Is Top Gun: Maverick yet another overhyped homage to an 80s classic? No, it’s not. It is superior to the 1986 box office hit.
Top Gun: Maverick Synopsis
Decades after the events of the first movie, Pete “Maverick” Mitchell is still just a captain. Respected for his legendary skills but despised by various commanders for his personality. When Iceman, now an Admiral, orders his return to NAS North Island as an instructor, Maverick is hesitant to accept the appointment for one of the trainees is none other than Goose’s son. Moreover, the mission he is to prepare the young pilots for is nigh impossible. The challenge begins with the United States no longer enjoying any technological advantage with their fighter jets.
Here’s what I remember about Top Gun (1986), which by the way, I’ve never watched in one full viewing.
It’s a glamourous take on American military training, one that was so beautiful and attractive, actual recruit campaigns were put to shame.
It was, as expected, also testosterone-charged. The beach volleyball and locker room scenes were positively homoerotic in appeal/tension.
It furthermore popularized the F14 Tomcat, at least in Singapore. I don’t know about the West but back then, every other boy in my school wanted to “fly” a Tomcat, because it was what the good guys flew. And then we squealed in delight because we discovered Macross’ Valkyrie had the same sweep wings.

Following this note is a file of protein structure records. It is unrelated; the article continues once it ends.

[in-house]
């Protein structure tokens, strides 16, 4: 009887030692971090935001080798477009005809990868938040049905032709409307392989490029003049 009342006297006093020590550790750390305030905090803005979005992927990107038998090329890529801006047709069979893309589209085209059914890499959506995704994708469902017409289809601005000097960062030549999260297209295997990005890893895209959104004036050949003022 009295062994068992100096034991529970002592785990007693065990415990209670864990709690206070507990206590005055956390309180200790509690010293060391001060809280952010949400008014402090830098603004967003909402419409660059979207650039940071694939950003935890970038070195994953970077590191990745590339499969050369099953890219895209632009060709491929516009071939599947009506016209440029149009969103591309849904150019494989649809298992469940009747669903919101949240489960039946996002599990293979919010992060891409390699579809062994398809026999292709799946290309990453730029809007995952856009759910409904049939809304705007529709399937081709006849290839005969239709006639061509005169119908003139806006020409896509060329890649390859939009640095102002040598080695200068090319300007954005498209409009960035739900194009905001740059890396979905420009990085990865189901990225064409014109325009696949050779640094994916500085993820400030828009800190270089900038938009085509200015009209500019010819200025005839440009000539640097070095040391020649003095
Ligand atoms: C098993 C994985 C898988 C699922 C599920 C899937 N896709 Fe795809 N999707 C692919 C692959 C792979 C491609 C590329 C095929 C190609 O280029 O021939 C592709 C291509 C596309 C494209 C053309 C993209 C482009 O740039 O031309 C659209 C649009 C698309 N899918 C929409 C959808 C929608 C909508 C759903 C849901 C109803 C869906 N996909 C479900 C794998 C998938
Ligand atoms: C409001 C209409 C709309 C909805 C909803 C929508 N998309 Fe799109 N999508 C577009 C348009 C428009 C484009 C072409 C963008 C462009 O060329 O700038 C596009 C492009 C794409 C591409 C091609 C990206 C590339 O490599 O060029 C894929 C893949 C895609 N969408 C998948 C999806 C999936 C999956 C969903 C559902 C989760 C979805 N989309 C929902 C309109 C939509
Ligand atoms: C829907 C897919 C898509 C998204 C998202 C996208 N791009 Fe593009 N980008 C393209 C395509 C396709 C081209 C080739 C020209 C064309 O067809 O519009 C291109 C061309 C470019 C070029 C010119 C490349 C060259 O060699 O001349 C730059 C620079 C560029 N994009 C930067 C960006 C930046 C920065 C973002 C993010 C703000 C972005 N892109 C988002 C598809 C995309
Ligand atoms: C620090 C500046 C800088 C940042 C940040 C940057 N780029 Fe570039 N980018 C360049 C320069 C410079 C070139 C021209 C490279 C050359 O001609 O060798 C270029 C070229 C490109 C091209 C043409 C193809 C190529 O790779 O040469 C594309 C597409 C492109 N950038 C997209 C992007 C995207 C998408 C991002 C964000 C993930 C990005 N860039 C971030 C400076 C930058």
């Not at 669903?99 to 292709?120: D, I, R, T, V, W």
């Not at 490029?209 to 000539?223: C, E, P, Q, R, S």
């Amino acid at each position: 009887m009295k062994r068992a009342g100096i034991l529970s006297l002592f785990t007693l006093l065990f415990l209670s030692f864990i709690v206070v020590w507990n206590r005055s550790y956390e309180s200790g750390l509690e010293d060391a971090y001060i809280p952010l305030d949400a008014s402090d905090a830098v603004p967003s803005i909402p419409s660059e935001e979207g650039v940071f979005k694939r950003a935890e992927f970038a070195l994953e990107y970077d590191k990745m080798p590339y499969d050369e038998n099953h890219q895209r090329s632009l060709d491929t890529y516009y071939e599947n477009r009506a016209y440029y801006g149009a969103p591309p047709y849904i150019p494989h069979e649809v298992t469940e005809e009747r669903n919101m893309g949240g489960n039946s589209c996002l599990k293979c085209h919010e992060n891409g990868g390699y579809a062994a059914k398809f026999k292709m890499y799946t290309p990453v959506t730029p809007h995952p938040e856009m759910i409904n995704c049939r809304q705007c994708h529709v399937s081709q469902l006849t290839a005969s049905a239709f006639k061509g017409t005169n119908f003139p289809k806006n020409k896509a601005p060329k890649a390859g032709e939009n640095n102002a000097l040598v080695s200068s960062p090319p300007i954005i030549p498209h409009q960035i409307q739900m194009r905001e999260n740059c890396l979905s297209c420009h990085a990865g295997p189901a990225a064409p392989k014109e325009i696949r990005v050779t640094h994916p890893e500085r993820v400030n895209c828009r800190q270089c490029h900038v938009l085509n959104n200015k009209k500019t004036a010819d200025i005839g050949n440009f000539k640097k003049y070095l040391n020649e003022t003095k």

In case I’m not clear enough, I’m not exactly a fan of the ’86 movie; even at that young age, I thought it was too glamourised. Because of this, I kinda rolled my eyes at the news of a sequel. I certainly wasn’t at all affected by the various delays too. I didn’t see what’s the purpose of a sequel beyond box-office milking. Especially one that’s released THREE decades later.
Well, I’ve watched it, and I have to swallow my earlier opinions. This sequel completely got me. The euphoric, almost impossible aerial stunts had me wide-eyed and cheering throughout. I also emerged from the cinema feeling hopelessly uplifted by the incessant optimism. This, despite me being long aware that the US armed forces aren’t necessarily the good guys in armed conflicts. And that they seldom completely win.
More amazingly, the numerous tributes to the first movie did not make me grimace. From Kenny Loggins’ Danger Zone to the Great Balls of Fire reprisal, to romantic motorcycle rides and Ray Ban Aviators, normally, so many would have made me scowl and wag fingers. But they didn’t. I can only explain this as, because these homages have a deeper, more solemn purpose?
It took a while to hit and I admit I didn’t immediately notice. Top Gun: Maverick isn’t so much a revival of one of Tom Cruises’ most popular characters but a swansong for. It’s about a wild gun who secretly wants to move on beyond the military but is unable to, because of circumstances he can and cannot control.
These struggles, when presented in full, inject the story with a depth that puts the movie way beyond an aerial thrill show. A depth that I suspect many viewers can resonate with too. Thanks to this, I agree with popular reviews that this sequel is indeed one of those rare, super rare masterpieces that is better than the predecessor.
The golden ending is, moreover, a perfect conclusion. Cliché, “retro” as it might seem, for once, I do not mind. Flying into the sunset has never been more satisfying.
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